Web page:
Internet Shakespeare Editions

Author: William Shakespeare
Editor: Rosemary Gaby
Not Peer Reviewed

Henry IV, Part 2 (Quarto 1, 1600)

615Enter Hostesse of the Tauerne, and an Officer or two.
C Hostesse.
The second part of
Hostesse Master Phang, haue you entred the action?
Phang It is entred.
Host. Wheres your yeoman? ist a lusty yeoman? wil a stand
620Phang Sirra, wheres Snare?
Host. O Lord I, good master Snare.
Snare Here, here.
Phang Snare, we must arest sir Iohn Falstaffe.
Host. Yea good master Snare, I haue entred him and all.
625Snare It may chaunce cost some of vs our liues, for he will
Host. Alas the day, take heed of him, he stabd me in mine
owne house, most beastly in good faith, a cares not what mis-
chiefe he does, if his weapon be out, he will foyne like any di-
uell, he will spare neither man, woman, nor child.
Phang If I can close with him, I care not for his thrust.
Host. No nor I neither, Ile be at your elbow.
Phang And I but fist him once, and a come but within my
635Host. I am vndone by his going, I warrant you, hees an in-
finitiue thing vppon my score, good maister Phang holde him
sure, good master Snare let him not scape, a comes continually
to Pie corner (sauing your manhoods) to buy a saddle, and he
is indited to dinner to the Lubbers head in Lumbert streete to
640master Smooths the silk man, I pray you since my exion is en-
tred, and my case so openly knowne to the worlde, let him be
brought in to his answer, a hundred marke is a long one, for a
poore lone woman to beare, and I haue borne, and borne, and
borne, and haue bin fubd off, and fubd off, and fubd off, from
645this day to that day, that it is a shame to be thought on, there is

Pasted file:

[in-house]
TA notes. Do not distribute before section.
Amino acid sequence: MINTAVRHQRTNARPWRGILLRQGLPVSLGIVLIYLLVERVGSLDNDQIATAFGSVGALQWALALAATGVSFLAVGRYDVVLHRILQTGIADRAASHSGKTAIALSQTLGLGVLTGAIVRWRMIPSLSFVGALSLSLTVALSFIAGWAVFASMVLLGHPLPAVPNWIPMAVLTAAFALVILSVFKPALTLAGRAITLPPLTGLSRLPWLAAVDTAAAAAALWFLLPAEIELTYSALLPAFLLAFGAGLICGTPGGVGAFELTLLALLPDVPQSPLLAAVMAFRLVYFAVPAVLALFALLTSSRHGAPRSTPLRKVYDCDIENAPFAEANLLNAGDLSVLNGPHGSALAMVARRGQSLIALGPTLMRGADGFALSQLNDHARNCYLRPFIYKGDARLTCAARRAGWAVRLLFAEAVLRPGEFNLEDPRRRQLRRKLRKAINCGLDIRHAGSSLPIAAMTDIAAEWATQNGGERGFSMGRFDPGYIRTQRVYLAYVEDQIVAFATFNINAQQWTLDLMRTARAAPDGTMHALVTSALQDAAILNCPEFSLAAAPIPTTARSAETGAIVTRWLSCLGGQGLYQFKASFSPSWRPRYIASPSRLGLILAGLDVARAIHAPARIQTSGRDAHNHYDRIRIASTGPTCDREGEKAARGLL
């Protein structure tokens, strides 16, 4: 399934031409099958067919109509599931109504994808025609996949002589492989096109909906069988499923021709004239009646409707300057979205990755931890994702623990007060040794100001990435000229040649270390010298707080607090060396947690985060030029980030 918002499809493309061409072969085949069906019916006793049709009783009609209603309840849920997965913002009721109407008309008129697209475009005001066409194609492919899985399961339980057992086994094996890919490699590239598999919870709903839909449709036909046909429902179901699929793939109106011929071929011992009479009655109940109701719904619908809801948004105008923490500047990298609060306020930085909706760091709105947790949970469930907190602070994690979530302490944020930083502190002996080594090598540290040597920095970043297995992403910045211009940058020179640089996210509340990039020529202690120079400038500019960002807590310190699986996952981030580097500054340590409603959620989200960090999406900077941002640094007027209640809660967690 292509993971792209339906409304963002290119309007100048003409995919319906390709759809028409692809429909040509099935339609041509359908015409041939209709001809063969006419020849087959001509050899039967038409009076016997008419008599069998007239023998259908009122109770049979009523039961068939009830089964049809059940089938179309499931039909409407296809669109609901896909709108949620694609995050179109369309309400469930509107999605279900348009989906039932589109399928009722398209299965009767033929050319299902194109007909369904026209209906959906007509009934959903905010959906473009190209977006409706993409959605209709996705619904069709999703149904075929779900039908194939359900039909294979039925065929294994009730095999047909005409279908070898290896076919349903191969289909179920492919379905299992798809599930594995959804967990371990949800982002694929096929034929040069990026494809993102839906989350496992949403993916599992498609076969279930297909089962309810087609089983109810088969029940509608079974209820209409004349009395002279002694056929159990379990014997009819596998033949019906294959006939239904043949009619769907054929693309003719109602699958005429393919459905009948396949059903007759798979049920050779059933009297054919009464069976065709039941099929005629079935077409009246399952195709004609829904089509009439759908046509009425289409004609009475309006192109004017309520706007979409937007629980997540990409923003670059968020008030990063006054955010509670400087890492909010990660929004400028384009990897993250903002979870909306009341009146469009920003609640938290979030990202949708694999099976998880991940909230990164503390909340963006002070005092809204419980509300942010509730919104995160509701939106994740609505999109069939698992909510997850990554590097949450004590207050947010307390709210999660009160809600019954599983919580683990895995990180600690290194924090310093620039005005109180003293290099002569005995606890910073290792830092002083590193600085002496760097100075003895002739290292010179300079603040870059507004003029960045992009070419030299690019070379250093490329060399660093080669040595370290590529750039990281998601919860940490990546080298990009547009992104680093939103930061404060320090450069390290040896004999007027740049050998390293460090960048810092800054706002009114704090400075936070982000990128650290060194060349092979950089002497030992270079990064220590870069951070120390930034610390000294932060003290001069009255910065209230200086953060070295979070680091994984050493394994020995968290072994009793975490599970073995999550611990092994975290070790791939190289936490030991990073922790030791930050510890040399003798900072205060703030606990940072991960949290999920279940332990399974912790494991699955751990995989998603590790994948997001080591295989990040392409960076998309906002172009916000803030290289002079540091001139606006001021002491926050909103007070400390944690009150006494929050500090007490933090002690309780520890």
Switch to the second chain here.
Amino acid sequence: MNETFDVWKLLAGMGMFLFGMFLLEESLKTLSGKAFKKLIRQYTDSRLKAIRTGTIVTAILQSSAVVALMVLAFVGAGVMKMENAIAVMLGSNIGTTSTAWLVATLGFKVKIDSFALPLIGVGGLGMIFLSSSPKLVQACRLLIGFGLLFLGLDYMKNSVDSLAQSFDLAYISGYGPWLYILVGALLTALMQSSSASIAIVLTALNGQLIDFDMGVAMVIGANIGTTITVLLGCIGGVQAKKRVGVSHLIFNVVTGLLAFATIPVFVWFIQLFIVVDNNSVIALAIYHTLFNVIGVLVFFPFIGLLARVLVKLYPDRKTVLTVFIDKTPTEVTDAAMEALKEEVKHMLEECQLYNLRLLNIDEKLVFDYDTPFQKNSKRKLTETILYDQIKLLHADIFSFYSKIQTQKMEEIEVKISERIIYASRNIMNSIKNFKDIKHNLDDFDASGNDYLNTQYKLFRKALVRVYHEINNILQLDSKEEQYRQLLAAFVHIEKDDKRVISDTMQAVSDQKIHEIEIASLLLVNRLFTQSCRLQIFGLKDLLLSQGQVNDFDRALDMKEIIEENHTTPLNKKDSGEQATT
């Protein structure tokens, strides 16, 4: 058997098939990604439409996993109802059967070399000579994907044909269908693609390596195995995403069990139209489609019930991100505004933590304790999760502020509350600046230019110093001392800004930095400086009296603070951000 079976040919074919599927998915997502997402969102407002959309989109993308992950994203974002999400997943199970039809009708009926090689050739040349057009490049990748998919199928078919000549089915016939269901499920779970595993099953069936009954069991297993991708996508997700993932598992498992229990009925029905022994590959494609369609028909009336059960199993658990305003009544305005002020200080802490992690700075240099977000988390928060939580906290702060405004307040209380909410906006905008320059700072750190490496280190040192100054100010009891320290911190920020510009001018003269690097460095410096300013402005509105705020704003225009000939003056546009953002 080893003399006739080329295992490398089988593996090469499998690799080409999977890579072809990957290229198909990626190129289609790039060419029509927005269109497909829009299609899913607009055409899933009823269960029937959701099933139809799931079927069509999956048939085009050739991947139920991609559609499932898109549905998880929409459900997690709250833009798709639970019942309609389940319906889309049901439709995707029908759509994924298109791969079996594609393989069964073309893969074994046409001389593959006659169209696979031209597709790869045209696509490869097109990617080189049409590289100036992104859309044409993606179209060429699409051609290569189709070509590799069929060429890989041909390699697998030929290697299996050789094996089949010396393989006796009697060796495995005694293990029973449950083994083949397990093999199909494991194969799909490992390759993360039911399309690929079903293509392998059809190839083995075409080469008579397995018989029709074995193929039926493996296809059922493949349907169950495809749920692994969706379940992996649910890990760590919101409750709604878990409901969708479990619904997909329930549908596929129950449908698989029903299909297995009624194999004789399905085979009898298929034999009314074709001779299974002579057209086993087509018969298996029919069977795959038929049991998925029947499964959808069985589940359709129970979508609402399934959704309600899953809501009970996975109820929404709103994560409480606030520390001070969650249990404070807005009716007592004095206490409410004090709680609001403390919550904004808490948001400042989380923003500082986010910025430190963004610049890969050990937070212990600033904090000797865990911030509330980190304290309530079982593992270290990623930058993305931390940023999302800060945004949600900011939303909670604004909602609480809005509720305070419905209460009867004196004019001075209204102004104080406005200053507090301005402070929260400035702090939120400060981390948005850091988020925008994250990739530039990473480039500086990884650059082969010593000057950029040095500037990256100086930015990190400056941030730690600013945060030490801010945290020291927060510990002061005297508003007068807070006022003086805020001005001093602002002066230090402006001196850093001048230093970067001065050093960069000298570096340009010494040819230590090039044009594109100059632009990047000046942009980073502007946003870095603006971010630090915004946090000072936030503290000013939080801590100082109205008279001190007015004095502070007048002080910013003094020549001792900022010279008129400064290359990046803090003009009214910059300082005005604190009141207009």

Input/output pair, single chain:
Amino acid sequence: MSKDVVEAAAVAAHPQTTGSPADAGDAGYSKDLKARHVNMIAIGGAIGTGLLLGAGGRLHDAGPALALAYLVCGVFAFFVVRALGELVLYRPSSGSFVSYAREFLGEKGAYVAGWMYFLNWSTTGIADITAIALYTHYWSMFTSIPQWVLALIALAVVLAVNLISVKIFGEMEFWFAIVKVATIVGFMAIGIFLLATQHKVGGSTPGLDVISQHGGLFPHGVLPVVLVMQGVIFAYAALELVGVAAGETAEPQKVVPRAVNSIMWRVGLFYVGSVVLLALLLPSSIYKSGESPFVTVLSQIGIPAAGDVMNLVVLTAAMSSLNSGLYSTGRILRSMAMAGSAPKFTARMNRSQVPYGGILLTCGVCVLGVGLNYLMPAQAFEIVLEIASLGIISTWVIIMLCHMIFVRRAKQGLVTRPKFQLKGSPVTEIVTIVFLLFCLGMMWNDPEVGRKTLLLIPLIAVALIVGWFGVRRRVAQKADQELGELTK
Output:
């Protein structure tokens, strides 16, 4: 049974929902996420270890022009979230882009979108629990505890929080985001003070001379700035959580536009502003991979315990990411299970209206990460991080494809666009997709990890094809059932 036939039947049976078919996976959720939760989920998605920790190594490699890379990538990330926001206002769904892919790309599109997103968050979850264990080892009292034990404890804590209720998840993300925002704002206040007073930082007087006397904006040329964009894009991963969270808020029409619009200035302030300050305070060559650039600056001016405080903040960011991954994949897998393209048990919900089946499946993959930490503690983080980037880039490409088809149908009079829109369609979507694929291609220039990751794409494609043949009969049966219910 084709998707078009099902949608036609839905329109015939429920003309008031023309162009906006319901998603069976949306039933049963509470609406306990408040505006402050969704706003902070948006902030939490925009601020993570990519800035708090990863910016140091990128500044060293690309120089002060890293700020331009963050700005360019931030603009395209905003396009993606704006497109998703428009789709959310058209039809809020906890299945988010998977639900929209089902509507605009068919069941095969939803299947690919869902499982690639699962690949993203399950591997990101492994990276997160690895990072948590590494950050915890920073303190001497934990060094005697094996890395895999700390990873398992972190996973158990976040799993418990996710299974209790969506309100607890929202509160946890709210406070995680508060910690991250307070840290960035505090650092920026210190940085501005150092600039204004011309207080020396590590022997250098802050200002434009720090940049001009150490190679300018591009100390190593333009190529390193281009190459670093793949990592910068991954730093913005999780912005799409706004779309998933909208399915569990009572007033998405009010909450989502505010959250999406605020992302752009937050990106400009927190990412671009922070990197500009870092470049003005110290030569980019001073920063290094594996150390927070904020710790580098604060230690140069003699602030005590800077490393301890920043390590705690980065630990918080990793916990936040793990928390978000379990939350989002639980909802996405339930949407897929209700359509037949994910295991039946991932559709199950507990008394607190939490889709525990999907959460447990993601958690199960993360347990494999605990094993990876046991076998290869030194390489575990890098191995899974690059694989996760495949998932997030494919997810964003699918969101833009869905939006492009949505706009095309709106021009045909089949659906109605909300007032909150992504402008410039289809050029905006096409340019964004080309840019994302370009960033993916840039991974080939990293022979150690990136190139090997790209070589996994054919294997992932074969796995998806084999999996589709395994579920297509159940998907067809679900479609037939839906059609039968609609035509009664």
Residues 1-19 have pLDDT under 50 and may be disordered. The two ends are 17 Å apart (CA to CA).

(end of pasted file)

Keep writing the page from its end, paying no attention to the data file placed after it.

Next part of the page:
no honesty in such dealing, vnlesse a woman should be made
an asse, and a beast, to beare euery knaues wrong: yonder he
comes, and that arrant malmsie-nose knaue Bardolfe with him,
650do your offices do your offices master Phãg, & master Snare,
do me, do me, do me your offices.
651.1Enter sir Iohn, and Bardolfe, and the boy.
Henry the fourth.
Falst. How now, whose mare's dead? whats the matter?
Phang I arrest you at the sute of mistris Quickly.
Falst. Away varlets, draw Bardolfe, cut me off the villaines
655head, throw the queane in the channell.
Host. Throw me in the channell? Ile throw thee in the chan-
nel, wilt thou, wilt thou, thou bastardly rogue, murder murder,
a thou honisuckle villaine, wilt thou kill Gods officers and the
Kings? a thou honiseed rogue, thou art a honiseed, a man quel-
660ler, and a woman queller.
Falst. Keepe them off Bardolfe.
661.1Offic. A reskew, a reskew.
Host. Good people bring a reskew or two, thou wot, wot
thou, thou wot, wot ta, do do thou rogue, do thou hempseed.
Boy Away you scullian, you rampallian, you fustilarian, ile
665tickle your catastrophe.
Enter Lord chiefe iustice and his men.
Lord What is the matter? keepe the peace here, ho.
Hostesse Good my lord be good to me, I beseech you stand
to me.
Lord How now sir Iohn, what are you brawling here?
670Doth this become your place, your time, and businesse?
You should haue bin well on your way to Yorke:
Stand from him fellow, wherefore hang'st thou vpon him.
Host. O my most worshipful Lord, and't please your grace
I am a poore widdow of Eastcheape, and he is arrested at my
Lord For what summe?
Host. It is more then for some my Lord, it is for al I haue, he
hath eaten me out of house and home, he hath put all my sub-
stance into that fat belly of his, but I wil haue some of it out a-
gaine, or I wil ride thee a nights like the mare.
Falst. I think I am as like to ride the mare if I haue any van-
tage of ground to get vp.
Lord How comes this sir Iohn? what man of good temper
would endure this tempest of exclamation; are you not asha-
685med to inforce a poore widdow, to so rough a course to come
C2 by
The second part of
by her owne.
Falst. What is the grosse summe that I owe thee?
Host. Mary if thou wert an honest man, thy selfe and the
mony too: thou didst sweare to me vpon a parcell guilt goblet,
690sitting in my dolphin chamber, at the round table by a sea cole
fire, vpon wednesday in Wheeson weeke, when the prince
broke thy head, for liking his father to a singing man of Win-
sor, thou didst sweare to me thẽ, as I was washing thy wound,
to marry me, and make me my lady thy wife, canst thou deny
695it, did not goodwife Keech the butchers wife come in then and